DEARBORN - In 1969, David Pearson and Holman Moody carried on their winning formula from the previous season by repeating as NASCAR Grand National Champions for the second year in a row with Pearson driving the No. 17 Ford Torino race car. Not long after the 1969 NASCAR racing season ended, Holman Moody asked David Pearson to make a trip to the cooperate facility in Charlotte, N.C., to discuss plans for the 1970 NASCAR season.
When Pearson returned home, he walked into the house, gathered his family and announced, “You guys need to come outside.” As they made their way outdoors, he said, “Look what I got!”
His wife Helen, 5-year-old son Eddie and teenage sons Rick and Larry walked outside, took one look and stood in total shock. Parked in the driveway was a brand-new 1969 Ford Torino Cobra with the same blue-and-gold paint scheme as the Holman Moody race car. Along with his brothers, Eddie was especially awestruck. At only 5 years old, the thought of driving it never entered Eddie’s mind. The same can’t be said for his teenage brothers, however. They were already dreaming of the day Dad would let them test it out on the street.
The car came to Pearson by way of the Ford Motor Company and Holman Moody, which worked together to prepare this special one-of-a-kind street version 1969 Torino Cobra for Pearson. The unique fastback was Pearson’s reward for winning the NASCAR Grand National Championship for the 1968 and 1969 seasons.
Ford’s Lorain Assembly Plant built the ’69 Torino Cobra and applied the special blue metallic paint. It was then shipped to Holman Moody where gold paint was sprayed to the upper portion of the car and a spoiler was installed to the trunk lid. The shiny aluminum spoiler was not a random part from inventory or pulled from a parts bin – it was an actual spoiler from the No. 17 Holman Moody Torino race car David Pearson piloted.
Under the hood was a 428-cubic-inch Cobra Jet V-8 engine with automatic transmission. It was originally built with a 3.70 rear axle, then changed over to a 3.10 by Pearson for highway driving. The interior was fitted with bucket seats and a column shift for the automatic transmission. It has been cared for using the same approach as maintaining one of the race cars. Aside from belts, hoses, tires, battery and fluids, the car remains original.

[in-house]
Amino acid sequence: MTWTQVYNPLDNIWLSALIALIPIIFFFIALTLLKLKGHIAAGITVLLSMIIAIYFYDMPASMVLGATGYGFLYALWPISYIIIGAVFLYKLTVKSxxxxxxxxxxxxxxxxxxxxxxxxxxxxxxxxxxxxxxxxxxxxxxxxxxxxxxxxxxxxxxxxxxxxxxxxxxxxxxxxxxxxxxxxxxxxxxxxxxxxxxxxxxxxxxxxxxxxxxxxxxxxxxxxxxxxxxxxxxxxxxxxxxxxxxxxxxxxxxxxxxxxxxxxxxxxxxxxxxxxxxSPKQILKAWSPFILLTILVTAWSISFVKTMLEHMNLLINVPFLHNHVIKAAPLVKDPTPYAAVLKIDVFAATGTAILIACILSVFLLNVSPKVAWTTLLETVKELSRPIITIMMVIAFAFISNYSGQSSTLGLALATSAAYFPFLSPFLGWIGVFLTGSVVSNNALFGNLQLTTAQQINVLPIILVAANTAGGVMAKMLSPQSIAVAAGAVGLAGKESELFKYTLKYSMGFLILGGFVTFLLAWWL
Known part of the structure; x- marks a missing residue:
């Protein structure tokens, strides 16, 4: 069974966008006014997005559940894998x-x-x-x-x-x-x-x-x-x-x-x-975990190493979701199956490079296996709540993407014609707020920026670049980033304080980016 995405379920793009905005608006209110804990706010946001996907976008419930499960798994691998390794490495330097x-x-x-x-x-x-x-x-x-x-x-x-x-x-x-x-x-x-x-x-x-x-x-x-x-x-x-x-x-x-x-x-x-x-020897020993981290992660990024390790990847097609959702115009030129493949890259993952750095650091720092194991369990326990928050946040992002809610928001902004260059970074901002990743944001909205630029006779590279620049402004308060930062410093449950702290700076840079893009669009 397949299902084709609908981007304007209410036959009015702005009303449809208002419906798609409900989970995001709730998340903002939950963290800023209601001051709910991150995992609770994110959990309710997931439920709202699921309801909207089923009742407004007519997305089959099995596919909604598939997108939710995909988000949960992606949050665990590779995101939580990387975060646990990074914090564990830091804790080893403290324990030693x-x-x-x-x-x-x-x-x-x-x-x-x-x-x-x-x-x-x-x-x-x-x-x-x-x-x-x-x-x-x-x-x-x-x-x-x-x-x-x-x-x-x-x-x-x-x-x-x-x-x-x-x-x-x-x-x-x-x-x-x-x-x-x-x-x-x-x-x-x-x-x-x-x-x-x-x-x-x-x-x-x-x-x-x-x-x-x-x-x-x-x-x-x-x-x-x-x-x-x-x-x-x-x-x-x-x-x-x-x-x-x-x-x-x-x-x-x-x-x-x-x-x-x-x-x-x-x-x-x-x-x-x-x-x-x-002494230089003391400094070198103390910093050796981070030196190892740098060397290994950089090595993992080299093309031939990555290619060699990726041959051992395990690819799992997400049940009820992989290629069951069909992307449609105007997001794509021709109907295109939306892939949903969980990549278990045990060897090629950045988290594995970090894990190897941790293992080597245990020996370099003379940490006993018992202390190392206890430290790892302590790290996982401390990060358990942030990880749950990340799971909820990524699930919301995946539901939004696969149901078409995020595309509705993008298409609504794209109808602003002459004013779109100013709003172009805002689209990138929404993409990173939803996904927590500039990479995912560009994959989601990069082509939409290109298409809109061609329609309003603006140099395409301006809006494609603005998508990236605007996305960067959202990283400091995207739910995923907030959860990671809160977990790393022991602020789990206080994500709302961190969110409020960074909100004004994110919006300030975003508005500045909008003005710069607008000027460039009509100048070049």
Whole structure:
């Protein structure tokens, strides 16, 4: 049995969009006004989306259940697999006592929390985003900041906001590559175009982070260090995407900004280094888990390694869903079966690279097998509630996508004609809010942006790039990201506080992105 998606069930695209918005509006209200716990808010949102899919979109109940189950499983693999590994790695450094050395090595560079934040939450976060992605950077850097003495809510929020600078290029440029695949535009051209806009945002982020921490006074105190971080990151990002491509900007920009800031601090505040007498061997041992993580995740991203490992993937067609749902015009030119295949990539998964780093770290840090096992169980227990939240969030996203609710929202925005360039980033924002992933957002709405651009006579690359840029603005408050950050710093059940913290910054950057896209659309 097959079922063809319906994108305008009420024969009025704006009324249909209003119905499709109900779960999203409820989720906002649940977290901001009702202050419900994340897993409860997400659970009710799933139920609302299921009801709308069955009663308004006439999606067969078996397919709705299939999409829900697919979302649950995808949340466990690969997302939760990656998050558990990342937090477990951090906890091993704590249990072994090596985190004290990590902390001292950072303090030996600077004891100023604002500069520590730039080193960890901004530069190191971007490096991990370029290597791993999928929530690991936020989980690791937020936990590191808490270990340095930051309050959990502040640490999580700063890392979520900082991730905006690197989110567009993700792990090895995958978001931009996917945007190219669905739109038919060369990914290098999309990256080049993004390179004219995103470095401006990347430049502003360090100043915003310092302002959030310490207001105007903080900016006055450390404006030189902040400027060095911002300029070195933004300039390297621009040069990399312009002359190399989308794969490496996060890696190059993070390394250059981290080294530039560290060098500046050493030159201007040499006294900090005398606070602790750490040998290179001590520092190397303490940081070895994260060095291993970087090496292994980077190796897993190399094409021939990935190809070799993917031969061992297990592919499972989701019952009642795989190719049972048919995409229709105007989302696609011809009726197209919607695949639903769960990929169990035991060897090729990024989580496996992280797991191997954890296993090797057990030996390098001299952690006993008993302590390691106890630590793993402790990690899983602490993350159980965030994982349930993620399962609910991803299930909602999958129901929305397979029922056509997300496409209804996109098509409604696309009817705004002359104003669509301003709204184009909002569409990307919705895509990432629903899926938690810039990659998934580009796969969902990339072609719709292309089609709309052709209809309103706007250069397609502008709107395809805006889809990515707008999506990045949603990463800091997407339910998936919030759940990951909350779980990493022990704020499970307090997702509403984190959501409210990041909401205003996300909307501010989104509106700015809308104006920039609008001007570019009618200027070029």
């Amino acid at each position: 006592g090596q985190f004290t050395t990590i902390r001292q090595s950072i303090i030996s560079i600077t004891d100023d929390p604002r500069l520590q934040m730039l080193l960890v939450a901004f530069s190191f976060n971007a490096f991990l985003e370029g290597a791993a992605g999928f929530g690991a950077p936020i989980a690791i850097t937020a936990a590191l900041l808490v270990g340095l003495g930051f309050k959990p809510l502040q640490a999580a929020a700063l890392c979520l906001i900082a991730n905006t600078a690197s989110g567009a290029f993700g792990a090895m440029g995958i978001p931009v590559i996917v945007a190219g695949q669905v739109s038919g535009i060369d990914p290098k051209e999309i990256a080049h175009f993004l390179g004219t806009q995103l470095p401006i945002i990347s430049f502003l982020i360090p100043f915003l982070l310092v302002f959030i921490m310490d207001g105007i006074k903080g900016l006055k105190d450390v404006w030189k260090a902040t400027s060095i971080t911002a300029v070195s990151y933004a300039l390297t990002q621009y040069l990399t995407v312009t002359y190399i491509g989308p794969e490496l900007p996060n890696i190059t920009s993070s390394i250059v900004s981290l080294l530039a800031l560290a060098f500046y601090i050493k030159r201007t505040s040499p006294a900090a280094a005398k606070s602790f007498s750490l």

During the 1970 NASCAR race season, it was not unusual to see David Pearson pull up to the main entry gate at various race tracks in his special ’69 Torino Cobra. It was the car he drove to racing events.
According to Eddie, his father would load the family into the car and they’d make their way to the racing events at Darlington, Charlotte and Atlanta. They also took several vacations in the car during the early ’70s. For a time, it was just the family’s daily driver.
For Eddie Pearson, the Torino Cobra has always had a special place in his heart.
“The very first time I saw the car [it] blew me away,” he said. “I thought, ‘This is like my dad’s race car’ and from that day on, no other muscle car meant anything to me. I can’t recall anything from my childhood that made such an everlasting impression on me. There I stood staring at the ’69 Torino Cobra with my only thought being, ‘That’s my father’s race car’.”
Eddie said he only rode in the front and rear passenger seats a handful of times during his grade-school years. Beginning at Day One, he’d go to his special place on the rear package tray panel and lay out on it during car rides (Yes, kids did such things back then). The fastback ’69 Torino provided the perfect place for a 5-year-old to lie down, settle in for the ride and check out the big world through its large panoramic rear glass. Being 5 years old had its advantages as Eddie was the only one in the family who could fit in the compact space.